What is Autoimmune Strong and what led you to develop it?

Autoimmune Strong is an online fitness program designed specifically for people struggling with chronic pain conditions like fibromyalgia, autoimmune disorders and Lyme disease.

I developed it because I was so frustrated that nobody in the fitness community knew how to handle my body. I spent a ton of time trying to find someone who could help me exercise without a flare-up, and I couldn’t find anyone who even knew what I was talking about. I created this program for myself, and it felt good. So I started using it with my one-on-one personal training clients, and they felt good, too.

Based on these great results, I was inspired to create a program that was accessible to everyone, easy to do at home, that helped people with chronic pain conditions like myself start getting stronger and feeling better. Autoimmune Strong was born!

For those who are interested in starting an exercise program, how is Autoimmune Strong different than other programs on the market and what can participants expect?

Autoimmune Strong is the only strength-training fitness program specifically designed for people struggling with chronic pain. The thing that sets Autoimmune Strong apart most is the program design. First, Autoimmune Strong is designed to target specific postural muscles without doing big movements. These movements are effective in building strength, but they don’t trigger stress and inflammation on the body.

Second, the pacing of the program sets it apart. Most exercise programs push you to your max. Autoimmune Strong starts off very slow, so that your body can adapt properly to the movements, so you can progress through the movements without a flare. And finally, Autoimmune Strong has a community component, where members can chat with each other in a private Facebook group so we can share our goals, our successes and our struggles. Chronic pain is an invisible disease, and it’s hard for the people around us to understand what we live with. The more we can support each other, the better we will be!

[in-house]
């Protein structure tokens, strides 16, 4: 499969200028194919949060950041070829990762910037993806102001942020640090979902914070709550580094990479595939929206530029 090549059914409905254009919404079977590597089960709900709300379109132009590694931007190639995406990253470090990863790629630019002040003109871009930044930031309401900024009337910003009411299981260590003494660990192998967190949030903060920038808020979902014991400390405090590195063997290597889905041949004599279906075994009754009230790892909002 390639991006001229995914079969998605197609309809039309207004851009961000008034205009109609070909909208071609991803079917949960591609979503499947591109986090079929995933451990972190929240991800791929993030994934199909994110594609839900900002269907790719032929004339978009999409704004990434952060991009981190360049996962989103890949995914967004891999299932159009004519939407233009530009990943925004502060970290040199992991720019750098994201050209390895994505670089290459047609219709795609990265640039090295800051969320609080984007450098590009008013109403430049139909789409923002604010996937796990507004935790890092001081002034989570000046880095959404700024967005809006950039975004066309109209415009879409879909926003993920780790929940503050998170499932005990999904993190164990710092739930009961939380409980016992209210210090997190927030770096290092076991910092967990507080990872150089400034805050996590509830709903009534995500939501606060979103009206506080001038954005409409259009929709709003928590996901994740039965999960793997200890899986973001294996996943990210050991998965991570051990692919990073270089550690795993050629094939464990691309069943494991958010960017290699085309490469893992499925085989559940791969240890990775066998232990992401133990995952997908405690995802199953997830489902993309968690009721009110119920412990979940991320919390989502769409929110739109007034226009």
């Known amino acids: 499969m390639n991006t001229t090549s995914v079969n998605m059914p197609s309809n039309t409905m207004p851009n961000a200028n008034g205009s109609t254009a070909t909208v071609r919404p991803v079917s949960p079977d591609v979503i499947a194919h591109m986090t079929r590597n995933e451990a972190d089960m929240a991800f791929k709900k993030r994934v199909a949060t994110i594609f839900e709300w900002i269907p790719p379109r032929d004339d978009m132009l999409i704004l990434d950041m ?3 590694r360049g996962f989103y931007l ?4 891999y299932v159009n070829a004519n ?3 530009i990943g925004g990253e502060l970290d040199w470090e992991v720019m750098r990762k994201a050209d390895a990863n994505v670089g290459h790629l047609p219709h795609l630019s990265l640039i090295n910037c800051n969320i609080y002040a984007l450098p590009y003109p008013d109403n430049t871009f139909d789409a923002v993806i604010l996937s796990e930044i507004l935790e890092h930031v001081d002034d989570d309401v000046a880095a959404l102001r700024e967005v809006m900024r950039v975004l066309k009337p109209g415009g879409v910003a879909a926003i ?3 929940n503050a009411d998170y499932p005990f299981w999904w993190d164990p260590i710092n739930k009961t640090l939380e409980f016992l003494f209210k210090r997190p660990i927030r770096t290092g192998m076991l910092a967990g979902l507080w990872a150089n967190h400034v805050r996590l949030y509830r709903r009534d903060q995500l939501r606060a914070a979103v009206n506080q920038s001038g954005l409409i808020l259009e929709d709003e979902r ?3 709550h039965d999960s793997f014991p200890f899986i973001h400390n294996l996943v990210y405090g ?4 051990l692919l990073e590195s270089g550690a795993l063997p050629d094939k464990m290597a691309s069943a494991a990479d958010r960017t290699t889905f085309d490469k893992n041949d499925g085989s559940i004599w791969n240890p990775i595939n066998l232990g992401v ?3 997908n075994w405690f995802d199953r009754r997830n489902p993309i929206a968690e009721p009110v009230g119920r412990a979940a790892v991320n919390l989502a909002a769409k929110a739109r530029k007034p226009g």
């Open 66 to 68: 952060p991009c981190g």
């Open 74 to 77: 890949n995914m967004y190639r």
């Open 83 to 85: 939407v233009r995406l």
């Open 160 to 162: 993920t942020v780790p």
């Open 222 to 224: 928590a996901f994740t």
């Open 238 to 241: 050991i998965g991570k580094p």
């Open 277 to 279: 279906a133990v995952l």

Where can people learn more about Autoimmune Strong?

Go to Autoimmune Strongfor more info! There is a 7-day free trial so you can check the program out in its entirety for 7 days and see if it’s right for you. And you can always email me at I would love to hear your stories of struggle and healing so please share with me. (And of course, you can find me on Facebook,too!)

Donna Gregory Burch was diagnosed with fibromyalgia in 2014 after several years of unexplained pain, fatigue and other symptoms. She was later diagnosed with chronic Lyme disease. Donna covers news, treatments, research and practical tips for living better with fibromyalgia and Lyme on her blog, You can also find her on Facebook and Twitter. Donna is an award-winning journalist whose work has appeared online and in newspapers and magazines throughout Virginia, Delaware and Pennsylvania. She lives in Delaware with her husband and their many fur babies.

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Authored by: Donna Gregory Burch

There are 7 comments for this article
  1. Maureen at 9:47 pm

    Hi Jean, thank you! I sent you an email a couple of days ago and look forward to hearing from you. Maureen

  2. Jean Price at 10:42 am

    Maureen…it’s amazing to me how many “soul mates in pain” we see commenting on various sites! I have some situations in common with you…and find even simple stretches add significantly to my pain! My RA adds to all my past and current spinal issues and definitely impacts my abilty to exercise…and also the fatigue of RA can be down right painful, too….like I imagine you deal with from fibromyalgia, also. And like you said here, I also think it’s good to be aware of others’ trials and successes, as we work out what’s best for us…and differentiate what we’re even capable of doing! It goes back to the individuality of us all, I think. We each must find our own personal best therapies, especially these days with pain medication being all but taboo! Something’s will be helpful…some not so much!